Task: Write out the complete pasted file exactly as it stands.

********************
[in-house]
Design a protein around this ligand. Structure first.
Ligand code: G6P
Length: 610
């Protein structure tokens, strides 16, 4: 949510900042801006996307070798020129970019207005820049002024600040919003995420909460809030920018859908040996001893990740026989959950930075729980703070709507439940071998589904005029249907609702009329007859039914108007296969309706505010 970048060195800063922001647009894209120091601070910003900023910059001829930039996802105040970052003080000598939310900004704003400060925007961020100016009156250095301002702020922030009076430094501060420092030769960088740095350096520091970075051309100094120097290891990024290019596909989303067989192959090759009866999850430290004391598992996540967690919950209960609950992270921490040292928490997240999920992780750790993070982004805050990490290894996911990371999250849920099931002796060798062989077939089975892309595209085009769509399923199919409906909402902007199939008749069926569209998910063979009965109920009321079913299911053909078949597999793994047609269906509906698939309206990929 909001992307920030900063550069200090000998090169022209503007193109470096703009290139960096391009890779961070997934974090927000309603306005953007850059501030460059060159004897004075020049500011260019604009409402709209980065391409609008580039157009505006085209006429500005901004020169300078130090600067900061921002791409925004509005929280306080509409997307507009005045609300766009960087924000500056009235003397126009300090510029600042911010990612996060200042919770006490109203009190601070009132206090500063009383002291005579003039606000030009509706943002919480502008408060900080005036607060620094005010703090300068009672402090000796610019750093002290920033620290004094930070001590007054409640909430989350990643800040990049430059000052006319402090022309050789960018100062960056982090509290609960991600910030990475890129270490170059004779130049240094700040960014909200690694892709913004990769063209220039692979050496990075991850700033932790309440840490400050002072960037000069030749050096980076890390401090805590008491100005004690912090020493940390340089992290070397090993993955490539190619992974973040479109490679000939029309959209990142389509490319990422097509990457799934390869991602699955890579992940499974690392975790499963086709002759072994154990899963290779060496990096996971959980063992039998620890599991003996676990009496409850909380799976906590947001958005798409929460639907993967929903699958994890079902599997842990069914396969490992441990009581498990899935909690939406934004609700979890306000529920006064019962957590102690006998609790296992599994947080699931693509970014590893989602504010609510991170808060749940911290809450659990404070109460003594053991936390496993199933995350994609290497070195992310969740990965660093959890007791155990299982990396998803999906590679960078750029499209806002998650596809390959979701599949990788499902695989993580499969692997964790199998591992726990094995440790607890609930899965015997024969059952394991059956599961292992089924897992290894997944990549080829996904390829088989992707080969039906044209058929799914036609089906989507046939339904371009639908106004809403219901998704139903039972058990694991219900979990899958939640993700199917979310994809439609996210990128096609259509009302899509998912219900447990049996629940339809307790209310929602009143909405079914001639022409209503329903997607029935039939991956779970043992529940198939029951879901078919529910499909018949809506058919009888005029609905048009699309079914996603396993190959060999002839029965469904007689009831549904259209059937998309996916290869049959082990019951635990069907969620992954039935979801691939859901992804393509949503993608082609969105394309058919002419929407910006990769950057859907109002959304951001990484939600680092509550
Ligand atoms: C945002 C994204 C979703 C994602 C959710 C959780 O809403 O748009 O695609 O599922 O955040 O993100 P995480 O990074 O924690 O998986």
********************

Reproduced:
[in-house]
Design a protein around this ligand. Structure first.
Ligand code: G6P
Length: 610
């Protein structure tokens, strides 16, 4: 949510900042801006996307070798020129970019207005820049002024600040919003995420909460809030920018859908040996001893990740026989959950930075729980703070709507439940071998589904005029249907609702009329007859039914108007296969309706505010 970048060195800063922001647009894209120091601070910003900023910059001829930039996802105040970052003080000598939310900004704003400060925007961020100016009156250095301002702020922030009076430094501060420092030769960088740095350096520091970075051309100094120097290891990024290019596909989303067989192959090759009866999850430290004391598992996540967690919950209960609950992270921490040292928490997240999920992780750790993070982004805050990490290894996911990371999250849920099931002796060798062989077939089975892309595209085009769509399923199919409906909402902007199939008749069926569209998910063979009965109920009321079913299911053909078949597999793994047609269906509906698939309206990929 909001992307920030900063550069200090000998090169022209503007193109470096703009290139960096391009890779961070997934974090927000309603306005953007850059501030460059060159004897004075020049500011260019604009409402709209980065391409609008580039157009505006085209006429500005901004020169300078130090600067900061921002791409925004509005929280306080509409997307507009005045609300766009960087924000500056009235003397126009300090510029600042911010990612996060200042919770006490109203009190601070009132206090500063009383002291005579003039606000030009509706943002919480502008408060900080005036607060620094005010703090300068009672402090000796610019750093002290920033620290004094930070001590007054409640909430989350990643800040990049430059000052006319402090022309050789960018100062960056982090509290609960991600910030990475890129270490170059004779130049240094700040960014909200690694892709913004990769063209220039692979050496990075991850700033932790309440840490400050002072960037000069030749050096980076890390401090805590008491100005004690912090020493940390340089992290070397090993993955490539190619992974973040479109490679000939029309959209990142389509490319990422097509990457799934390869991602699955890579992940499974690392975790499963086709002759072994154990899963290779060496990096996971959980063992039998620890599991003996676990009496409850909380799976906590947001958005798409929460639907993967929903699958994890079902599997842990069914396969490992441990009581498990899935909690939406934004609700979890306000529920006064019962957590102690006998609790296992599994947080699931693509970014590893989602504010609510991170808060749940911290809450659990404070109460003594053991936390496993199933995350994609290497070195992310969740990965660093959890007791155990299982990396998803999906590679960078750029499209806002998650596809390959979701599949990788499902695989993580499969692997964790199998591992726990094995440790607890609930899965015997024969059952394991059956599961292992089924897992290894997944990549080829996904390829088989992707080969039906044209058929799914036609089906989507046939339904371009639908106004809403219901998704139903039972058990694991219900979990899958939640993700199917979310994809439609996210990128096609259509009302899509998912219900447990049996629940339809307790209310929602009143909405079914001639022409209503329903997607029935039939991956779970043992529940198939029951879901078919529910499909018949809506058919009888005029609905048009699309079914996603396993190959060999002839029965469904007689009831549904259209059937998309996916290869049959082990019951635990069907969620992954039935979801691939859901992804393509949503993608082609969105394309058919002419929407910006990769950057859907109002959304951001990484939600680092509550
Ligand atoms: C945002 C994204 C979703 C994602 C959710 C959780 O809403 O748009 O695609 O599922 O955040 O993100 P995480 O990074 O924690 O998986």